Sizewell Dormatory Accommodation.
One hardly knows where to start in reply to letter from G. Bickers (letter 23rd June). The issue he raises about affordable accommodation should hardly start with EDF (Electric de France), an 85% state owned electrical company, providing affordable homes for us! Particularly here in Suffolk.
Private house builders are certainly not concerned. Just take the recent Framlingham application by Hopkin Homes as an example. The original approval allowed for 47 out of 140 proposed houses to be affordable. After Hopkin Homes contested the building of 47affordable homes, the requirement was dropped. This condition applies to other applications in the wider area also. Affordable homes seem to be 
 a low priority when planning applications are submitted to the Local Authorities here in Suffolk.
This is borne out by the latest summer issue "Coast and Country" from a local estate agent. They quote that they have a great demand for properties over £450.000, but, of their 1500 clients 80 have a budget of over a million pounds! What prospect is there of building affordable homes on this basis as our builders are too busy providing "unaffordable" homes.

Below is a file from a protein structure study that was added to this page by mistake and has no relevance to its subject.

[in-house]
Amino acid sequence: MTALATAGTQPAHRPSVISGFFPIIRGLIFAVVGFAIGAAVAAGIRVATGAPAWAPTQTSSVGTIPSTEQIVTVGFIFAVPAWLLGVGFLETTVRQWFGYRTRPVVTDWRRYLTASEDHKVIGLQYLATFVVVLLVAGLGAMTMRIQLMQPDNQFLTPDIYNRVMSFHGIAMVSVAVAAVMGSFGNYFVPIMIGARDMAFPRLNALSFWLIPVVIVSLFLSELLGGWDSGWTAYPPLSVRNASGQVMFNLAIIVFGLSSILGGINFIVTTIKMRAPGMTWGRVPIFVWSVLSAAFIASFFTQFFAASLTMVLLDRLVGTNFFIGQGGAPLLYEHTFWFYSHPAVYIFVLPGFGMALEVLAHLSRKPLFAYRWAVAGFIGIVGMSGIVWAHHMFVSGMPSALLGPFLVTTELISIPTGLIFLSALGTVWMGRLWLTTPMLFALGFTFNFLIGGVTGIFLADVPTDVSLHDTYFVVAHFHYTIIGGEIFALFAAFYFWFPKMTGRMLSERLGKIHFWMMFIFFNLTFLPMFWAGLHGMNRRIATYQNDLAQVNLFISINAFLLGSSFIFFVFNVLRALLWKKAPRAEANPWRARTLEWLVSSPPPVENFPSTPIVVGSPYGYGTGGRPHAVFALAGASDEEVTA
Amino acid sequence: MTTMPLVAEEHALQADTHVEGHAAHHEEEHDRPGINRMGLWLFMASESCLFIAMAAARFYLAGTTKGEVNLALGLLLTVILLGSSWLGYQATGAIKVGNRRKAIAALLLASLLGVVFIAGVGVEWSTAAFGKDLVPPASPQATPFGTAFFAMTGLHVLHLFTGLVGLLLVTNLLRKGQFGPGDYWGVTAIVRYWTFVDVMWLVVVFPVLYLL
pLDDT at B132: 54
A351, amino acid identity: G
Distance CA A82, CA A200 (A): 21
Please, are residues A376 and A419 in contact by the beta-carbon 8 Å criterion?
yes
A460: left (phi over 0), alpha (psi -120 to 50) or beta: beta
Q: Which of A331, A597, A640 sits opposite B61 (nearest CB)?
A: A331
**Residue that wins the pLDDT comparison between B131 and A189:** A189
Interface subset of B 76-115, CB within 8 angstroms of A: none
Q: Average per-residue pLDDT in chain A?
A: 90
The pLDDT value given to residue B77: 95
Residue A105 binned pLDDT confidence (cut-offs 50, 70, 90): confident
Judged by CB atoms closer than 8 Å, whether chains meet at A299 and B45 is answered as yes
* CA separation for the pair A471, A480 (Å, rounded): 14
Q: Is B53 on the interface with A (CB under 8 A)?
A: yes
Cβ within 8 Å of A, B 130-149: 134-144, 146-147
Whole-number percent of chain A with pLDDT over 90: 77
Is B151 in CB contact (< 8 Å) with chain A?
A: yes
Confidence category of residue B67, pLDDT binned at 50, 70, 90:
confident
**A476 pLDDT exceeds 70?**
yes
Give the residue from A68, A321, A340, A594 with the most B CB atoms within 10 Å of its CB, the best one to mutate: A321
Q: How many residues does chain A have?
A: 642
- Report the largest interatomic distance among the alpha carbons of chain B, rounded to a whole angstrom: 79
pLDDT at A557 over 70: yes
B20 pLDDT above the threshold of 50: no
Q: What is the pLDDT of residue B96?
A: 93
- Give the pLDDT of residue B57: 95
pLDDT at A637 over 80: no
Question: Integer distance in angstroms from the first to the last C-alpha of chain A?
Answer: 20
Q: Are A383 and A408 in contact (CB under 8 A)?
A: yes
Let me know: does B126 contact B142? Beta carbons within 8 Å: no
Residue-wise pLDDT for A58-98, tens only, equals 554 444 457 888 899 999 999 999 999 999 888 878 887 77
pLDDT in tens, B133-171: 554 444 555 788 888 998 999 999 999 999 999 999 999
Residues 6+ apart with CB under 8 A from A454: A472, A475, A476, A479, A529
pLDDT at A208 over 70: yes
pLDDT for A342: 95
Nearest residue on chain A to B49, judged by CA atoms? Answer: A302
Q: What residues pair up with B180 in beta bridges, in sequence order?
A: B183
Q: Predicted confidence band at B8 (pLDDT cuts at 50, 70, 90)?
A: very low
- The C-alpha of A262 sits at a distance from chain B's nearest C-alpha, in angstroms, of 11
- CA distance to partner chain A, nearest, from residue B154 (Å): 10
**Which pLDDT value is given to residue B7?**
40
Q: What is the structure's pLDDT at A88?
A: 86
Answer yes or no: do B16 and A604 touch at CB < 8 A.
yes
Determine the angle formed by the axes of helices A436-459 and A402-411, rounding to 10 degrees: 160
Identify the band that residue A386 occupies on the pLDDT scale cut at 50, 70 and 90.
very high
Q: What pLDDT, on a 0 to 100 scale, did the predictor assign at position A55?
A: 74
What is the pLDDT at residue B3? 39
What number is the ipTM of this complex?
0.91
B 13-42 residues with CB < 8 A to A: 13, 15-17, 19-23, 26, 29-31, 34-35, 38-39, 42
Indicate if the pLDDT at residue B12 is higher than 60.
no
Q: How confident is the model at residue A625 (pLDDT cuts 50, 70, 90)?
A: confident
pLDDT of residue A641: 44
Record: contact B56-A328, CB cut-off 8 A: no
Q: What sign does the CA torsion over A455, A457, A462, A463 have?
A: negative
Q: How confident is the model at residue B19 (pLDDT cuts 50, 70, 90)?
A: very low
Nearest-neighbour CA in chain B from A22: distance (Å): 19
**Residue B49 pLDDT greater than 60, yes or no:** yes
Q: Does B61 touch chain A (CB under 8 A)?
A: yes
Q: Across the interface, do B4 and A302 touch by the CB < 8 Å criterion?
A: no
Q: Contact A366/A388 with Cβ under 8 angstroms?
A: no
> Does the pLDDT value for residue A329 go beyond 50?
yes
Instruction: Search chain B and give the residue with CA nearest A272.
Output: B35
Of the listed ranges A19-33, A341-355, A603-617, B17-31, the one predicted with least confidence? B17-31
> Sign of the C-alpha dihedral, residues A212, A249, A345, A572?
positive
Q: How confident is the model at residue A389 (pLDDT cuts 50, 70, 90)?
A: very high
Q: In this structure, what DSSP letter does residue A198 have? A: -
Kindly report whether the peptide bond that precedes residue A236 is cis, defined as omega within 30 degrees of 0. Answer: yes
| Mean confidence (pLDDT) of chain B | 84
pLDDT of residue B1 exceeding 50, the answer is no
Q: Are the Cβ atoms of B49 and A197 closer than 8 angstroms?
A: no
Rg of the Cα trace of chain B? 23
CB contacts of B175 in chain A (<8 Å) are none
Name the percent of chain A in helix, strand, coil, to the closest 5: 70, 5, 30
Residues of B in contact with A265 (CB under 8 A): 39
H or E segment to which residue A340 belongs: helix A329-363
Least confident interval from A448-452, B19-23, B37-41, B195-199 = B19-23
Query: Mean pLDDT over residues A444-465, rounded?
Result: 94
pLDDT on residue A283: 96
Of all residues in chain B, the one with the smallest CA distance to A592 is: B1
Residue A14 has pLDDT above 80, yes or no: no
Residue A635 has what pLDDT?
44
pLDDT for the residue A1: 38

Mr G. Bickers thinks the French should build their dormitories well dispersed in local areas. Maybe Aldeburgh? Saxmundham?  Leiston or where? To keep traffic to the minimum the 3000 main workforce needs to be close to the workplace as 2000 more are to travel in from elsewhere, as well as 600 lorries movements per day plus commercial vans. Chaos will prevail in any case, for as long as 10 or more years. He says these dormitories should eventually to be converted to affordable apartments. At least the French do know how to build a decent apartment block for families, unlike us. Who would do all this converting? EDF again? Our government is currently washing its hands of everything and selling the remaining public housing stock at knock down prices.